At the United Nations yesterday, Ukraine's ambassador, Yurii Klymenko, issued a warning that Russia may be preparing a "full blown military intervention in Ukraine's east and south".
Alarming as Mr Klymenko's claim is, short of that actually happening, the continuing response of the West was summed up by German Chancellor, Angela Merkel, who could only re-emphasise that Russia will face escalating EU sanctions if it does not take steps to ease the tension over Crimea.
Looking at the crisis from Moscow's perspective, its intervention in Crimea looks to have been a low-risk, cost-effective action that at the very least helped staunch the impression that Russian power is being eroded.
While it gave Western leaders the opportunity to cry "bully", at home, it presented Russian President Vladimir Putin with a win-win scenario that has bolstered his standing.
If this is the position that the Kremlin now finds itself in, what then of the political and diplomatic countermoves the West is already implementing or has at its disposal?
Three issues come to mind in this regard. The first concerns what the next steps are for German foreign policy. The second is what Washington sees as an appropriate response. Last but not least, is what Russia's invasion of Crimea means for the Nato alliance.
So far, Mrs Merkel's policy has been to try to straddle the divides, between Russia and the EU.
It's all very well for the German Chancellor to insist Russia "will not get away" with carving off Crimea. Clearly, though, she is at odds with Prime Minister David Cameron that the annexation should act as a trigger for a new level of economic and trade sanctions, known as "phase-three" in EU jargon.
This will obviously be a thorny issue at the latest EU summit in Brussels, given that Germany is heavily economically dependent on Russian gas and oil imports whereas Britain is not.
Looking across the Atlantic meanwhile, de-escalation seems to be the order of the day in Washington. So far the US response to events in Ukraine appears to have been focused on trying to contain the crisis and stabilise the situation.
According to some White House watchers, this, in great part, is motivated by the importance the Obama administration places on other global flashpoint scenarios, such as Syria, and trying to halt Iran's nuclear weapons development programme.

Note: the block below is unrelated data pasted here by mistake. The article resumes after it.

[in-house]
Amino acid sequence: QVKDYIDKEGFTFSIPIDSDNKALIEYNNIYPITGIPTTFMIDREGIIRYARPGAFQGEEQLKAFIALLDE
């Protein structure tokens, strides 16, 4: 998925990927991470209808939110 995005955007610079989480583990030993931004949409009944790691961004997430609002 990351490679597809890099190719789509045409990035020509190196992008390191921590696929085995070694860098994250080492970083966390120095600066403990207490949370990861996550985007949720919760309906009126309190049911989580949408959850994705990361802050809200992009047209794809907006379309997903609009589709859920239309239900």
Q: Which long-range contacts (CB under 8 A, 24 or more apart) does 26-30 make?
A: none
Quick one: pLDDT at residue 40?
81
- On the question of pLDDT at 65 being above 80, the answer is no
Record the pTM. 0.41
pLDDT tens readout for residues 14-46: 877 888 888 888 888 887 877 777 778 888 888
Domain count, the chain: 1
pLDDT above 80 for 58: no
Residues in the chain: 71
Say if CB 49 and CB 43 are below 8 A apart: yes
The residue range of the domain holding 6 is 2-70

Some diplomatic analysts point out that the US State Department is all too aware of how pivotal Moscow is in any talks with the regimes in Damascus and Tehran, therefore despite Russia's recent bullish behaviour over Ukraine, it remains diplomatically expedient to keep Moscow on board.
If Mr Putin were to go further over Ukraine, however, all this might change and even the "big slugs of sanctions" referred to by one senior State Department official in an interview with the influential US-based Foreign Policy magazine, might not be a sufficient response in the eyes of some American officials.
This brings us to the question of what Russia's invasion of Crimea means for the Nato alliance. Critics of the West's feeble response over Crimea say it signals the fracturing and potentially ultimate demise of Nato.
At the very least it has been a wake-up call for the 28-member alliance, admitted Nato Secretary General Anders Fogh Rasmussen this week.
Mr Rasmussen went on to warn of the clear risk that "Russia will go beyond Crimea and the next goal will be the eastern provinces of Ukraine". This, he said "would have severe consequences".
Exactly what Nato would be willing to do about this however is another question entirely. The organisation itself has been faced with internal wrangles and challenging times in recent years. Privately, some within the West's corridors of power have increasingly questioned its relevance, and this coming too at a time when many of the alliance's members struggle with massive defence spending cuts.
In the immediate wake of Russia's annexing of Crimea, Nato's leaders in the first instance face the daunting task of reassuring nervous alliance members such as Poland, who share borders with Russia.
Given these factors, the crisis in Ukraine has, in effect, highlighted something of a foreign policy divide in Europe. Those eastern European countries close to the buffers with Russia are extremely uneasy; those farther away far calmer.
Yesterday, UN Secretary-General Ban Ki-moon said tension between Ukraine and Russia poses "great risks to the countries themselves and beyond" and urged restraint by all parties in a crisis that could spin out of control. The war of words and sanctions meanwhile between the West and Moscow stepped up a gear driven by a realpolitik on both sides. Let's hope it stays like that and escalates no further.